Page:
7 December 2011

, , , , , ,

Collecting Crap Records: Why Collect Crap Records?

Anyone who has ever idly stuck their nose round the door of a record collectors' fair in full swing cannot have failed to appreciate the current huge scale of interest in collectable records and CDs. The collecting scene has been around, in some form or other, almost since a certain fox terrier posed in front of a gramophone, but it is in the last thirty years, since the punk era and the 1979 launch of Record Collector magazine, that the market has really taken off. In the early years of RC, collecting was largely restricted to mainstream areas such as the Beatles and Fifties rock 'n' roll; go to any record fair to-day and you'll find that just about every minority taste has its own legion of hard core collectors.

In the last 20 years the indie, psychedelic and "progressive" markets, in particular, have boomed, and records which would hardly have raised your bus fare in 1987 are now changing hands for three-figure sums. It seems sometimes that almost anything round, black and 7 or 12 inches across is a viable alternative to taking out a PEP or opening a TESSA. However, this also has a downside: many of the most desirable items get snapped up by dealers who then offer them for sale at deliberately inflated prices - as soon as it becomes known that at least one desperate collector has stumped up, say, $500 for the Penguins' 1955 classic Earth Angel, that sum then becomes the "official" or "book" price, and of course everyone else starts asking the same amount.


I began collecting crap records about three years ago, in search of some light relief, having given up the spiralling prices of '60s psychedelic originals as a sour joke. Soon I discovered, after a few visits, what a wealth of vinyl dross is to be found in junk and charity shops, with which New York is more than adequately provided. And there was one great advantage over "proper" collecting. Because these discs are so cheap, you can do a lot more speculative buying. Not sure about whether you'll like an item? Well it's surely worth ten pence to find out. And so over the last three years I've acquired quite a fearful array of musical tat, often wrapped in sleeves that don't so much give away their eras of origin as scream it from the rooftops - who can forget those deliciously tacky K-Tel compilations from the Seventies?

By the way, I should point out that my definition of "crap" here includes non-collectable, bus-fare stuff - your Rolfs and your Mantovanis - and "exotica" (spoon solos, Bach on the Moog, barbershop car horn quartets) - as well as material that is genuinely awful, such as TV Celebrities Who Really Shouldn't Try Singing. I know this definition isn't complete, but you get the general idea.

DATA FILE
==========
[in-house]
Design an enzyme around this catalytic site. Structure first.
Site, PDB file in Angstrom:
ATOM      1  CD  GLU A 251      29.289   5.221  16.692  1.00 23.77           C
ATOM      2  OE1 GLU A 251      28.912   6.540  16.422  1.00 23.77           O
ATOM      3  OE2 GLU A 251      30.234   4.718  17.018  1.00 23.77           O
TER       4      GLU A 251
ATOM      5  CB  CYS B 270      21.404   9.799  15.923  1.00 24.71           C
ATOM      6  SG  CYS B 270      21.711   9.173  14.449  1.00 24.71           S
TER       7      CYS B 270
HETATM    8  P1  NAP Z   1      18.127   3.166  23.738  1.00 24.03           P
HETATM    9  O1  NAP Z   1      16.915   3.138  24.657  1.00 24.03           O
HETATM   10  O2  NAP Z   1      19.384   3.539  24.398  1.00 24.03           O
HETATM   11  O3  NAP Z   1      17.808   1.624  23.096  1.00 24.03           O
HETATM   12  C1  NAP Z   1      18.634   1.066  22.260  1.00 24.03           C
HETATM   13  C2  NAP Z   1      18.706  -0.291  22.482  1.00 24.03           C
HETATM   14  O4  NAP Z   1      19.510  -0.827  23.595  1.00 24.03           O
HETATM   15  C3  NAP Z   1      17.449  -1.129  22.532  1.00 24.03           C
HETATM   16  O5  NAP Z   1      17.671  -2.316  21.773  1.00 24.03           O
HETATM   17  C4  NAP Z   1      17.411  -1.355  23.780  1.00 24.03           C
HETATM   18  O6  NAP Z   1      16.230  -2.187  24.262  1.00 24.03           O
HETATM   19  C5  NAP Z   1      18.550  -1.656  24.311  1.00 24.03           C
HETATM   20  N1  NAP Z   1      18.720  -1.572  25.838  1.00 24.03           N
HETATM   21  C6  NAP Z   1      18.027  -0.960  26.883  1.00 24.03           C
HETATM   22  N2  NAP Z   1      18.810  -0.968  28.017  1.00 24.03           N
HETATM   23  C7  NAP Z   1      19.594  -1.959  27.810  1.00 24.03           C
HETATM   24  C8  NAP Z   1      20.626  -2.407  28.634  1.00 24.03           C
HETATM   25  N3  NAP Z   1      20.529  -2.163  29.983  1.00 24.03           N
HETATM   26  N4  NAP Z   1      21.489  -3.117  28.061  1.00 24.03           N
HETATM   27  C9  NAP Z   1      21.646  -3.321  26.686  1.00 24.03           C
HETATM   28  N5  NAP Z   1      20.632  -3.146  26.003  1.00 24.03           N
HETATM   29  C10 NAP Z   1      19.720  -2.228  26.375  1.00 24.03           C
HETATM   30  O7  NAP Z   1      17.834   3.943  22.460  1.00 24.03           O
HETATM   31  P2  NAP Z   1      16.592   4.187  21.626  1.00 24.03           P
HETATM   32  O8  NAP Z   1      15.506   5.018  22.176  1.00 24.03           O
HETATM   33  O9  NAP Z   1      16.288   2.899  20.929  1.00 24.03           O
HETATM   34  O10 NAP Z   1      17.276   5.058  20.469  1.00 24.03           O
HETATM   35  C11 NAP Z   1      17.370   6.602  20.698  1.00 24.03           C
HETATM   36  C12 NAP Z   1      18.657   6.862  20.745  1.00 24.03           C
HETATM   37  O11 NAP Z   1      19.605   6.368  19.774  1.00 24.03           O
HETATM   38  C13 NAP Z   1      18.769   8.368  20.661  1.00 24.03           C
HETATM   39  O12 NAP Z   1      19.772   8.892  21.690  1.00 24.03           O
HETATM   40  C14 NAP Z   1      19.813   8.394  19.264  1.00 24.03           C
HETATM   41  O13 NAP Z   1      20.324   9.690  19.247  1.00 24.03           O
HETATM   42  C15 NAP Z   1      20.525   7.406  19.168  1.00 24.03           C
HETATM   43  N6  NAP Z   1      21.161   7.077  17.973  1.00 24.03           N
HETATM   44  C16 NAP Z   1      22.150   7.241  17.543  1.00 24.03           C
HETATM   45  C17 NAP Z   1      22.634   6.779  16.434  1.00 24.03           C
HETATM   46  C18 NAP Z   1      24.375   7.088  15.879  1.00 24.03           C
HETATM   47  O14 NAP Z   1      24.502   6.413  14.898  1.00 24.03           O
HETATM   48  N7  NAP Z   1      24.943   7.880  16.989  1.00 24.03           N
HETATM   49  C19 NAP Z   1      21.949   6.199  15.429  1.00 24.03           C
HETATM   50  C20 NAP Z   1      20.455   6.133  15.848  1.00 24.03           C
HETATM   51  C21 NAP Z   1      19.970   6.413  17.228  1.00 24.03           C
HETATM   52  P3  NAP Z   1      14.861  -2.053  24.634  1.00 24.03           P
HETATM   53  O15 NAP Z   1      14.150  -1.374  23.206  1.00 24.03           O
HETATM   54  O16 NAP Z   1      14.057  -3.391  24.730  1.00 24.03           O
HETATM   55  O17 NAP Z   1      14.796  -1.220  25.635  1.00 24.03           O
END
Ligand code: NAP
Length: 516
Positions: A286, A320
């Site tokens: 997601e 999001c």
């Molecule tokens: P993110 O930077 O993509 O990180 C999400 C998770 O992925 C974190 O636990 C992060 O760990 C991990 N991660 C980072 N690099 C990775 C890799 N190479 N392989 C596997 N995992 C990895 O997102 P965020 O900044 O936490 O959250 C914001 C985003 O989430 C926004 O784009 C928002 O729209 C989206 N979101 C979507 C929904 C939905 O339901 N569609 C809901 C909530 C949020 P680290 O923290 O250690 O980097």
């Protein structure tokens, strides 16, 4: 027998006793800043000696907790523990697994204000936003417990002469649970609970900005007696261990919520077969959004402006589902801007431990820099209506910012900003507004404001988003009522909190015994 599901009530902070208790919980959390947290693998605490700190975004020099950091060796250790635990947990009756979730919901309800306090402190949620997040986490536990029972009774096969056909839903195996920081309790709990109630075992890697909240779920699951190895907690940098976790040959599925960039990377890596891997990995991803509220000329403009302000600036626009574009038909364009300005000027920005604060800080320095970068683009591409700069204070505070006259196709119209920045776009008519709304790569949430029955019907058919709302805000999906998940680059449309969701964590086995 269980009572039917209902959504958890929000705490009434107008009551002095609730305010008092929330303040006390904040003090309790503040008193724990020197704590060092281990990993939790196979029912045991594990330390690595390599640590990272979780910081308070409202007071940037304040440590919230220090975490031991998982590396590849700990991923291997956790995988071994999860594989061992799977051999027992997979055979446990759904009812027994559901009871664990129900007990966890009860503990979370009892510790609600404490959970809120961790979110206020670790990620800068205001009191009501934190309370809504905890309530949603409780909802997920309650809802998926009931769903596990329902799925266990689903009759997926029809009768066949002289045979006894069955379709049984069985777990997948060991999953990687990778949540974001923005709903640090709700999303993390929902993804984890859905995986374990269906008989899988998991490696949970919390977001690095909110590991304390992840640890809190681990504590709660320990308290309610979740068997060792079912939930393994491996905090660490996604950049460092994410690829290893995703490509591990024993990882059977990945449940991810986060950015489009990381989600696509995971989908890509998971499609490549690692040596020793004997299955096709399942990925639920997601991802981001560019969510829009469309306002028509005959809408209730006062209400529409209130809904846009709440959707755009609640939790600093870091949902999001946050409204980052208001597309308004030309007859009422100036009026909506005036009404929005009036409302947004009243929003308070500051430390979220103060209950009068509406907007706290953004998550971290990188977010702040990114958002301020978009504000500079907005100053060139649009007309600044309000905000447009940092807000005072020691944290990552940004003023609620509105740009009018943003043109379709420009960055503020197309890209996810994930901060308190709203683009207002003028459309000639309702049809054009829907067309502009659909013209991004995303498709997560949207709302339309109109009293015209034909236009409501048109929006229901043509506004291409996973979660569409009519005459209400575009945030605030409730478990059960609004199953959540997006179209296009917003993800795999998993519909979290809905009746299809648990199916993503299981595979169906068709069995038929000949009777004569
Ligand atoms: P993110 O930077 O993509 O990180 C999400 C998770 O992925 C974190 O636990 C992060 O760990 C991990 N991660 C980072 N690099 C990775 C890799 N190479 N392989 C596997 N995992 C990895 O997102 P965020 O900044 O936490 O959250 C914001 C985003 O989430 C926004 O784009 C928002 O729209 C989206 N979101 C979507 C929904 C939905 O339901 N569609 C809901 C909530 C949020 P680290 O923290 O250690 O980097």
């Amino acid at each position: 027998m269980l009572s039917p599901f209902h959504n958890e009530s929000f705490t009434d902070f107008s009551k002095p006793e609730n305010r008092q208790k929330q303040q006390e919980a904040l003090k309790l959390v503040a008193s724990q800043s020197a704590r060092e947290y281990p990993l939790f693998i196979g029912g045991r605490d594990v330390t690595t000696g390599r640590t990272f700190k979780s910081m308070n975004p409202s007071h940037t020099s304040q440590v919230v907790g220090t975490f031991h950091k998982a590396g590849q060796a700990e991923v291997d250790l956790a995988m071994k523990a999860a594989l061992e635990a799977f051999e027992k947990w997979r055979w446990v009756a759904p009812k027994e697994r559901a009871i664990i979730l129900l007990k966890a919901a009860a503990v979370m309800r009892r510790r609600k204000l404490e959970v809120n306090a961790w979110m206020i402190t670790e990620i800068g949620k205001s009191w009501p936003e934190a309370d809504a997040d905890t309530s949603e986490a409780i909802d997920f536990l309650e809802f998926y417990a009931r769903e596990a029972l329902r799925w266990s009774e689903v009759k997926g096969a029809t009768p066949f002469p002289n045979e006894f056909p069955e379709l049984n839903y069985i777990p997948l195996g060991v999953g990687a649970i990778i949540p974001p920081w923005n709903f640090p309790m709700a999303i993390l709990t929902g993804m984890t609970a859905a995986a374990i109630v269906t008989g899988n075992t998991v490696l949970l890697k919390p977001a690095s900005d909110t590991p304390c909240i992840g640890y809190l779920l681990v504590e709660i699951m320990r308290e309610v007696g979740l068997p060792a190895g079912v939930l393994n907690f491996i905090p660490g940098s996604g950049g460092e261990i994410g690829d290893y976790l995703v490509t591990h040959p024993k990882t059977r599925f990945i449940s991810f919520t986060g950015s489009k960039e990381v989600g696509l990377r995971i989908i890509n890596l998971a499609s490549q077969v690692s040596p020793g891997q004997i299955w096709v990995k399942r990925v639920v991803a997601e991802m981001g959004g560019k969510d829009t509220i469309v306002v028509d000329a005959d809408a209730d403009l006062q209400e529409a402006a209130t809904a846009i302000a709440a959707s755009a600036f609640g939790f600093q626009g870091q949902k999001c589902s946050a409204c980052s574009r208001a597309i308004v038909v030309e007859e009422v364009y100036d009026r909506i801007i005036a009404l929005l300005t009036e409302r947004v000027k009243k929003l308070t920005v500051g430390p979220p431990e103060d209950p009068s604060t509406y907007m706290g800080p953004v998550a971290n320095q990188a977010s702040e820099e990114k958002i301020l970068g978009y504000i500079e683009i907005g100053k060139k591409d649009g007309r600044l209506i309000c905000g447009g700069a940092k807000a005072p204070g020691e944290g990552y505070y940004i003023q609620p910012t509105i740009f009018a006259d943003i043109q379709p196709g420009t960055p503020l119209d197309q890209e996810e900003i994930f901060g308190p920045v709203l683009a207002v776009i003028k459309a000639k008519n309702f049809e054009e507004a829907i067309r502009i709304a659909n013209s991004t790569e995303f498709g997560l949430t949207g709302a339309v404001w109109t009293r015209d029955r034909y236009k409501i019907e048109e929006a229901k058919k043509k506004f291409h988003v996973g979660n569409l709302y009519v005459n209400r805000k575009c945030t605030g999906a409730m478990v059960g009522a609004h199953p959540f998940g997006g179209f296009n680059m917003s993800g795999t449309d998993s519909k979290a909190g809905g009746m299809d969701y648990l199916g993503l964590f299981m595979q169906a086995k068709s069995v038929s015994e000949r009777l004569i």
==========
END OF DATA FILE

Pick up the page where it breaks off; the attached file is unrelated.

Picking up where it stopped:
To start a Crap collection you will need access to an Oxfam shop and at least 50c to spend. (Incidentally, about a year ago Record Collector ran an article on "exotica", and more recently featured a whole stack of forgettable discs as part of a book review - so grab your Crap now while it's still cheap.) You will soon appreciate that another of the prerequisites for collecting music of this kind is a resilient sense of humour.

This is my personal top 10, and as such is not intended to signify anything at all - but if you can track down the records listed you're in for a very entertaining half-hour or so...



1 Pukka Chicken Rolf Harris
 Rolf Harris occupies a special place in the hearts of British pop fans, as evidenced by his continuing popularity after 40 years and the success of his recent cover of Stairway to Heaven and album Can You Tell What It Is Yet? This November 1967 single shows Rolf at his lunatic best.
2 Jingle Bells The Singing Dogs
 What you can do using modern (1955) technology! Whether people bought this record for its technical innovation and scintillating musical content is unknown. A more probable explanation is that folk will buy anything with grooves in the run-up to Christmas.
3 She Won't Turn Over For Me King Uszniewicz & His Uszniewicztones
 Everso slightly risque number from their 3rd LP. The band's attack on Do Wah Diddy Diddy is on the same album and is possibly the definitive version of the song.
4 If Yin and Yan
 Both sides of this 1974 single lampoon TV then-star Telly Savalas, whose version of David Gates' beautiful song is arguably better than this one.
5 Cocktails For Two Jonathan and Darlene Edwards
 Pure genius. On these 'Edwards' recordings, Jo Stafford has the remarkable ability to sing just slightly wide of pitch, which gives the song a very strange unease - it isn't apparent immediately what is wrong, you just know something is.
6 Biassy Florence Foster Jenkins
 First of the great bad singers. Biassy is one of four tracks on a 1954 EP. You do wonder if she's making it up as she goes along.
7 Wild Grass Pictures The Sea Urchins
 A really good mid-'80s Bristol indie-pop group, who released a series of neo-psychedelic 45s, all excellent - apart from this one.
8 Streets of Gold The Proclaimers
 No relation to any other similarly-named group. The other 3 tracks on this 1966 EP are fairly standard gospel group fare, but this is more of a garage punk excursion, complete with fuzzed guitars and a riff lifted straight off Pebbles Volume 2!
9 Little Eeefin Annie Joe Perkins
 Oh dear. Early '60s romp through the hilarious world of speech impediments.
10 Living Next Door to Alice (Who The F*** Is Alice?) Roy 'Chubby' Brown
 It wasn't really all that funny, was it, Roy?








About today's Guest Writer:
Samet Bilir writes about technology trends, gardening, interior design and a lot of other things, such as Christmas gift ideas. To read more articles from him please click here.



Enhanced by Zemanta